For Spring Bear – Follow the Feed
By Gary Lewis
Sometime in March or April, when the sun pushes back the clouds, when the grasses green and the buttercups bloom, Oregon's black bears emerge from their long winter sleep.
Hungry bruins head straight for the river valleys early in the spring, taking advantage of succulent forage below the snowline. Grasses, grubs, flowers, and the tender shoots of smaller trees and shrubs are the target as the bears get their digestive juices flowing again.
As the foliage in the river bottoms dries out, the bears will climb higher in search of goodies. This brings them into the open on green sunlit slopes where they may graze for hours, eating grass and turning over rocks in their search for insects and larvae.
Oregon's bear population is thought to be close to 30,000 animals, spread over approximately 40,000 square miles of habitat. Spring hunts are controlled by a lottery system that limits hunters in each of the open units. Bag limit in the spring is one bear, except that it is unlawful to take cubs less than a year old, or sows with cubs.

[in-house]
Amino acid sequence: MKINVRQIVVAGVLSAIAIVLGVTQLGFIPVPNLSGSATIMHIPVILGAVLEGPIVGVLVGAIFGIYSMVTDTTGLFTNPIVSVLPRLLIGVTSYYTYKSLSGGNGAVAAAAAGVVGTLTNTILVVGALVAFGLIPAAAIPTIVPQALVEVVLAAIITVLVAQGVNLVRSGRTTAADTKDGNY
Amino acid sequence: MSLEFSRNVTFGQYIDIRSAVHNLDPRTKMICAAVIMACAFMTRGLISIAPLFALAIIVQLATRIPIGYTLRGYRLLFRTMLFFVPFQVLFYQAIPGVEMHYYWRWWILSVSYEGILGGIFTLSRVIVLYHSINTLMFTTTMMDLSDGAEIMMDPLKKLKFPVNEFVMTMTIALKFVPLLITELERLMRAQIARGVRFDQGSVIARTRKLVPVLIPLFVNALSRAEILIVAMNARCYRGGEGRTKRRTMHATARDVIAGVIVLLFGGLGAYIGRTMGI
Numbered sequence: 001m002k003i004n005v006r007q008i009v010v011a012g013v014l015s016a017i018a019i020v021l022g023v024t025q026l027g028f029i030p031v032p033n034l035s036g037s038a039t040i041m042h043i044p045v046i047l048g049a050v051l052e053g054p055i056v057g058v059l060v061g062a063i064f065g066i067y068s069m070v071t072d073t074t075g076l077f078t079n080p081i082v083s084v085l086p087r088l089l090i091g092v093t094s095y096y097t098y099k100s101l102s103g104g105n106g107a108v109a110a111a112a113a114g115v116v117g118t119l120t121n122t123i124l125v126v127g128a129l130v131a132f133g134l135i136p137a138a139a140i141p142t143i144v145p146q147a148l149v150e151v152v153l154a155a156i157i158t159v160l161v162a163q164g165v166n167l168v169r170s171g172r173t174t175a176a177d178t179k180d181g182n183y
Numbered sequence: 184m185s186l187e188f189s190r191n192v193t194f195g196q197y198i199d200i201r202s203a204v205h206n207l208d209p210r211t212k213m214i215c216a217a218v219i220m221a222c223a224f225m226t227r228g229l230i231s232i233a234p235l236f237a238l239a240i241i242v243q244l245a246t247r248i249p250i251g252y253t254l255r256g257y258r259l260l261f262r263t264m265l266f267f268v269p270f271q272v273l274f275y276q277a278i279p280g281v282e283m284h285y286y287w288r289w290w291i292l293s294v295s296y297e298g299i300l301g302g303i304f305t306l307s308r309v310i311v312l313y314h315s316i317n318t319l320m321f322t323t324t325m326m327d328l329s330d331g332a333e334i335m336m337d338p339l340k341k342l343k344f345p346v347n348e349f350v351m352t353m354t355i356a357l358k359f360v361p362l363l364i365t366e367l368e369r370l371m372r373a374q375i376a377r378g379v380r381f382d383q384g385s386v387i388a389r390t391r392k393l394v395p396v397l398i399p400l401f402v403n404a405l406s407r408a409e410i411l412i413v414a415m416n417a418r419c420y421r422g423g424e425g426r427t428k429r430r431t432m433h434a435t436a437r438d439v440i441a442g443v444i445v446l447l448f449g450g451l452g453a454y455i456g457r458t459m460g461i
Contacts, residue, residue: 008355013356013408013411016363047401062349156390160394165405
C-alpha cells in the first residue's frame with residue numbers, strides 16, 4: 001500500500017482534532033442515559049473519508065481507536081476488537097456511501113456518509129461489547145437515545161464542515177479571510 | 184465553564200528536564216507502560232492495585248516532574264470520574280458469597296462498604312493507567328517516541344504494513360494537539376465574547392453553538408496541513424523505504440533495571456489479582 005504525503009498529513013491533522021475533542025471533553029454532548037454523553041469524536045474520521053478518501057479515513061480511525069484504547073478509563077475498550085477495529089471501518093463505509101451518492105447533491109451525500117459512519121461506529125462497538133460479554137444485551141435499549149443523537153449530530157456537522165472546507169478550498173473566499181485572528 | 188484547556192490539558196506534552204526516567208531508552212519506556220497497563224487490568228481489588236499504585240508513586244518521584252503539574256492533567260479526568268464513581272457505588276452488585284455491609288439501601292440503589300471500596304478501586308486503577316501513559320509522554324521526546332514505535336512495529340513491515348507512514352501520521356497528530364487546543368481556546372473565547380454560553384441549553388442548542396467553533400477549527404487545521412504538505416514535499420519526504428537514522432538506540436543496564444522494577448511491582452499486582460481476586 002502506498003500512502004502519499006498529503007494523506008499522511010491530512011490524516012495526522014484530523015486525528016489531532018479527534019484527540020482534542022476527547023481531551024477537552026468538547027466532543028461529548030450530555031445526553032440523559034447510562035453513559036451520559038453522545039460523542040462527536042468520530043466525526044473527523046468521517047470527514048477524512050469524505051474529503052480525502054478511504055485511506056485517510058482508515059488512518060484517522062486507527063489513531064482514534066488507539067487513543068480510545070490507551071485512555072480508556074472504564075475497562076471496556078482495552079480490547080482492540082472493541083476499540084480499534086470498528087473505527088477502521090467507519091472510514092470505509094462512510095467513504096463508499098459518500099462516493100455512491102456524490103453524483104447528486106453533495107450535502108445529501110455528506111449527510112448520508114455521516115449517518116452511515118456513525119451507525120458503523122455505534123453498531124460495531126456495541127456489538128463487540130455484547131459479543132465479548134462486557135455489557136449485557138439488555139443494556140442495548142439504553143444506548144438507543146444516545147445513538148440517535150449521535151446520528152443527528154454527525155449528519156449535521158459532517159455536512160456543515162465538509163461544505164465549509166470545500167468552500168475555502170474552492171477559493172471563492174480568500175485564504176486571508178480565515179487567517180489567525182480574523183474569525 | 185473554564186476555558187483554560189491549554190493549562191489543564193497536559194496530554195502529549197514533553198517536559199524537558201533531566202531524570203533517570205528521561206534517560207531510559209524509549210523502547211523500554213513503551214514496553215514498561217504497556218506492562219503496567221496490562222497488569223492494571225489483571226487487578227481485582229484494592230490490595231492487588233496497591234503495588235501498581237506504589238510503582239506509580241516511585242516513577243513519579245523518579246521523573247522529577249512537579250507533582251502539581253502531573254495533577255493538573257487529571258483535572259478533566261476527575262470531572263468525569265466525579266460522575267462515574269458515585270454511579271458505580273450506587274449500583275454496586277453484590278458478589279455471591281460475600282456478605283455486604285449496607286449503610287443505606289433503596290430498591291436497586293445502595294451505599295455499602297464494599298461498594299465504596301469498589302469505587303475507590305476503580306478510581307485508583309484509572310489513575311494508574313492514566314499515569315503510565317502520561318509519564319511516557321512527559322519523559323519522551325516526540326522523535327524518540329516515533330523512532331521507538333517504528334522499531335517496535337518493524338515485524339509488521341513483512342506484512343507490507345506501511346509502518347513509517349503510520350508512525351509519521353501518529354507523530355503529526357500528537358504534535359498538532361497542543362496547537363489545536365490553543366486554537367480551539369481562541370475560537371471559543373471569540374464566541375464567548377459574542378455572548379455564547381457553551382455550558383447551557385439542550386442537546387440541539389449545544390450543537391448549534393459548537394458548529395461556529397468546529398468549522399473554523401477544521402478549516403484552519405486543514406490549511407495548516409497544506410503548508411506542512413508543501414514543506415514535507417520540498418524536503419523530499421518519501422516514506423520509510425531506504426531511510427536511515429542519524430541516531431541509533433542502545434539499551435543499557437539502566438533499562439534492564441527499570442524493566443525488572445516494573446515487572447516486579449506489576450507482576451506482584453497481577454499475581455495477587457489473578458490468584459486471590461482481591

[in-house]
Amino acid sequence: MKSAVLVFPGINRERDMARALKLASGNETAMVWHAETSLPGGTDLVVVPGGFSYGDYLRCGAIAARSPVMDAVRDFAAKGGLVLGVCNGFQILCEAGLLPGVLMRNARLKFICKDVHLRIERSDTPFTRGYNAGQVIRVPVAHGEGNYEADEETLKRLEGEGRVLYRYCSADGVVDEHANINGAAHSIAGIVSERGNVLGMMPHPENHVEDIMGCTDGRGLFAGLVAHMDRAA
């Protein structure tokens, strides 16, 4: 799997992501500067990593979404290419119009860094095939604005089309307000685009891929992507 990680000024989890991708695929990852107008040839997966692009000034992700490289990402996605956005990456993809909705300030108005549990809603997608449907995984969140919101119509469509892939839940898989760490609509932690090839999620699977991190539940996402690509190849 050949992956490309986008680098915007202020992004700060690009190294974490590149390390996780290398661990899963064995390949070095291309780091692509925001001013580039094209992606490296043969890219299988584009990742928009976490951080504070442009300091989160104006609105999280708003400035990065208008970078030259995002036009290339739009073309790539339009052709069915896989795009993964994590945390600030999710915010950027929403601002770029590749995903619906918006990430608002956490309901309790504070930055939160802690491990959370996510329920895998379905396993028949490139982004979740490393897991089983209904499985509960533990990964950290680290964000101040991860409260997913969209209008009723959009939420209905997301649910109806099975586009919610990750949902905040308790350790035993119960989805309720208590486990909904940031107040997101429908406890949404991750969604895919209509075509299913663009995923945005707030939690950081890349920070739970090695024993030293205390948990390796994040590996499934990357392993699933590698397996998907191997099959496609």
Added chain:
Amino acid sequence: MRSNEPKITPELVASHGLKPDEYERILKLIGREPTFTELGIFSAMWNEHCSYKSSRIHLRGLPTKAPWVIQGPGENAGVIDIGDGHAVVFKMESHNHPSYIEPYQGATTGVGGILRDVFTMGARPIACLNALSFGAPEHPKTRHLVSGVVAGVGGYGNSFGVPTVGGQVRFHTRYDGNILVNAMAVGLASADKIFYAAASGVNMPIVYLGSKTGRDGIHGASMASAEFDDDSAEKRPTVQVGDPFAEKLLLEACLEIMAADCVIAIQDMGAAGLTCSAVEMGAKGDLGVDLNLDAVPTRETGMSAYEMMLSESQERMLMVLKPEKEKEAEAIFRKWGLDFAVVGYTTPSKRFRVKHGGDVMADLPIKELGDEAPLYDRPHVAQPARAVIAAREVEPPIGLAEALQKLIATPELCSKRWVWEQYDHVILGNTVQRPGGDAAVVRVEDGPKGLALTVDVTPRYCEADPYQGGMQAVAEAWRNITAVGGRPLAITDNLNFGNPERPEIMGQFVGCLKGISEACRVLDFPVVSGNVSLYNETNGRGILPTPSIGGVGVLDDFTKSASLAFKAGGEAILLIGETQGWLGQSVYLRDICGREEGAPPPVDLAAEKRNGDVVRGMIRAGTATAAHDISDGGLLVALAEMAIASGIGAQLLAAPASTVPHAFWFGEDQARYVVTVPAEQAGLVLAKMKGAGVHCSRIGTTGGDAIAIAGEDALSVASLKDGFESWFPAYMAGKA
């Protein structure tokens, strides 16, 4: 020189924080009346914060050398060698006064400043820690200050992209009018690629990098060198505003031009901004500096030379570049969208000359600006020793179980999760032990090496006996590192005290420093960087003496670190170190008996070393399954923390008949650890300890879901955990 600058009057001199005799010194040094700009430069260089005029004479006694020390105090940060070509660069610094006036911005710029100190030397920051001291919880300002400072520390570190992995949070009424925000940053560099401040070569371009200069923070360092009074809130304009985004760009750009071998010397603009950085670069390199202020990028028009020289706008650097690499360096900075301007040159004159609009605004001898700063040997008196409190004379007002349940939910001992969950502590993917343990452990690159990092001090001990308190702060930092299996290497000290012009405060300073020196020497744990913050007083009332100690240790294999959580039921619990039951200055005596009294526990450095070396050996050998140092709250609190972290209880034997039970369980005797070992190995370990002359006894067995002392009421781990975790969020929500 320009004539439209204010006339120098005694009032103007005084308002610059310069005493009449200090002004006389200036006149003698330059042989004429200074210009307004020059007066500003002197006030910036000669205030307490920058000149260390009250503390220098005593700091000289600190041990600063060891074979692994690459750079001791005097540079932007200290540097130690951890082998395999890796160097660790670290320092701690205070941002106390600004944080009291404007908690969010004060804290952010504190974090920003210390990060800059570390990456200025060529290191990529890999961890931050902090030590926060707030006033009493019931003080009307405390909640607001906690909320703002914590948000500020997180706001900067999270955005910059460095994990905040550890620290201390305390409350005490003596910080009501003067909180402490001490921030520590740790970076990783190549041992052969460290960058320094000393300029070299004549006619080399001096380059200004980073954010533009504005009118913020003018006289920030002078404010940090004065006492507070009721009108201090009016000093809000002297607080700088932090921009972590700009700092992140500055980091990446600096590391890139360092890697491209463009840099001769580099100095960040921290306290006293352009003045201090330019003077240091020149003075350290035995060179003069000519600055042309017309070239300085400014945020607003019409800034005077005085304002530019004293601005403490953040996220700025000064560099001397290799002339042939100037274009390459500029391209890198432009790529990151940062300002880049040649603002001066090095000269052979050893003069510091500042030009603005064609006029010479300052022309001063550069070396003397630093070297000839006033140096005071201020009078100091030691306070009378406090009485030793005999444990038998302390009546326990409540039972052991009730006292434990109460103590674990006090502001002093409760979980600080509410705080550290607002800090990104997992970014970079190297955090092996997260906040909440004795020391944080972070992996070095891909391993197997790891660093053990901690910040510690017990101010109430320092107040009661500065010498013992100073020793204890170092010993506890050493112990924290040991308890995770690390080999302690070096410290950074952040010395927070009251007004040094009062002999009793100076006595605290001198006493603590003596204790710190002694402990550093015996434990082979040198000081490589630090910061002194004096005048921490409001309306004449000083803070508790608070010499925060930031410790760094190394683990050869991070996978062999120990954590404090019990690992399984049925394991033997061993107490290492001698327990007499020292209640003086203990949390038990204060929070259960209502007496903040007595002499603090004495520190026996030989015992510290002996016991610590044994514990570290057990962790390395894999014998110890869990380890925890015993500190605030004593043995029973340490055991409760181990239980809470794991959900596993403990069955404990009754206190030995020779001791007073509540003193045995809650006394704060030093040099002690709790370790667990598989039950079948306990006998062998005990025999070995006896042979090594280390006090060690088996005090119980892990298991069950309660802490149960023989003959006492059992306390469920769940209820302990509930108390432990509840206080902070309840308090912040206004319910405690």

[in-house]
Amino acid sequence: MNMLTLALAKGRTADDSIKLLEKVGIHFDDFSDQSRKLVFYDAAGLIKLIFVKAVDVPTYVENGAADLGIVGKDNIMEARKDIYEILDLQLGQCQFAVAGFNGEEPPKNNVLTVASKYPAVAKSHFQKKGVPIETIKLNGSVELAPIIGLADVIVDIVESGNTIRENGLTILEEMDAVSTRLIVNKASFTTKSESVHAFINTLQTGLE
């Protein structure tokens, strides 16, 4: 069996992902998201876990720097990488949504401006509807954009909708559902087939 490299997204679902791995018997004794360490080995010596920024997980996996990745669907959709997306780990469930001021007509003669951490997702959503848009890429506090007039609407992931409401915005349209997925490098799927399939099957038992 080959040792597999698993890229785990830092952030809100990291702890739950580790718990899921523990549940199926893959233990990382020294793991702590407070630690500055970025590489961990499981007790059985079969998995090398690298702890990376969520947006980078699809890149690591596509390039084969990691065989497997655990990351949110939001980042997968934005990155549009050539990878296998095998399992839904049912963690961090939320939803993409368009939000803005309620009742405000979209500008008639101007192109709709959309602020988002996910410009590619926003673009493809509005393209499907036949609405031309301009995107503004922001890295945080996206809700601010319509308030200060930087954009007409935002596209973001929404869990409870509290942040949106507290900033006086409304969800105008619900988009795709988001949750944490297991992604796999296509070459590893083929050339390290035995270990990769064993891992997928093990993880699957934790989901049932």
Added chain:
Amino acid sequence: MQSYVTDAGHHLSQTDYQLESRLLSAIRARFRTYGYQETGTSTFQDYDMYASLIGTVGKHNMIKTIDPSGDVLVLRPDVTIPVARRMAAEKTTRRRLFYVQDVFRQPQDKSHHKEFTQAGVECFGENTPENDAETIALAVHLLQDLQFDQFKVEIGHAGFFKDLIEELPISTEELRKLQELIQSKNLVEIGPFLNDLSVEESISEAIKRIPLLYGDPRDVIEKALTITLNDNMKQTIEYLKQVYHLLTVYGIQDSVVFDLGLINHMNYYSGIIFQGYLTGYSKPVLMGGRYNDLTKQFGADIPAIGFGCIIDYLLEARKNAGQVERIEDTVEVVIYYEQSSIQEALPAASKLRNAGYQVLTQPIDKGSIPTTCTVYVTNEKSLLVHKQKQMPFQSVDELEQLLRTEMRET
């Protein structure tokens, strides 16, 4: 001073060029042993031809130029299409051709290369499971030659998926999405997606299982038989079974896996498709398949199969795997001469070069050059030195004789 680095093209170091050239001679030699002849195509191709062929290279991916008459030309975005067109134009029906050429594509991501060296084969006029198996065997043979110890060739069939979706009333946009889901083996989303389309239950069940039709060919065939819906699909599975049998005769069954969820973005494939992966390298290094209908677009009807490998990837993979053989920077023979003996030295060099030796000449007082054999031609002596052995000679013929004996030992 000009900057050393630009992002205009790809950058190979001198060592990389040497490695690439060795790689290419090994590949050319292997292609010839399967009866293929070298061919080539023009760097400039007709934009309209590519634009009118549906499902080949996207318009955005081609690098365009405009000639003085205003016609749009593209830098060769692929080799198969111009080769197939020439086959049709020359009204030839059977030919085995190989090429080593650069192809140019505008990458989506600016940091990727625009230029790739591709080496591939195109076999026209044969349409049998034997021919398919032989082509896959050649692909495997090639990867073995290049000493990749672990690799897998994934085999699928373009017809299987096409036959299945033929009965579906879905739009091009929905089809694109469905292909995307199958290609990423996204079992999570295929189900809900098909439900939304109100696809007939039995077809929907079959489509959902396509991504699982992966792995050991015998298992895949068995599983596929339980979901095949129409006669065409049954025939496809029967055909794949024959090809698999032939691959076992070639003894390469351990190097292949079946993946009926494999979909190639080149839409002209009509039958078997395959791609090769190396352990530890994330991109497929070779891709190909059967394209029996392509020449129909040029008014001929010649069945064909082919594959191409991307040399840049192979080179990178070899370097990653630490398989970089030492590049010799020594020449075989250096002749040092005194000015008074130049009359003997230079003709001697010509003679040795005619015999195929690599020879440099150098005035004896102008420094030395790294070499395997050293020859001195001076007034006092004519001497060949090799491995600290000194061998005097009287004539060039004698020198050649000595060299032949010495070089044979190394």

Want to know which areas of southwest Oregon harbor the most bruins? Take a look at the 2006 Oregon Big Game Regulations. Spring hunts, beginning in April and May, are used to control bear numbers in areas where bear damage to property is high. For 2006, tag numbers have been increased. This year, 6778 tags are up for grabs.
Some of the best hunting can be found west of the Cascades. From Eugene to Florence and Roseburg south and west to Gold Beach, southwest Oregon is home to more bears than most people realize. But don't forget about the northwest Cascades either, or the north coast.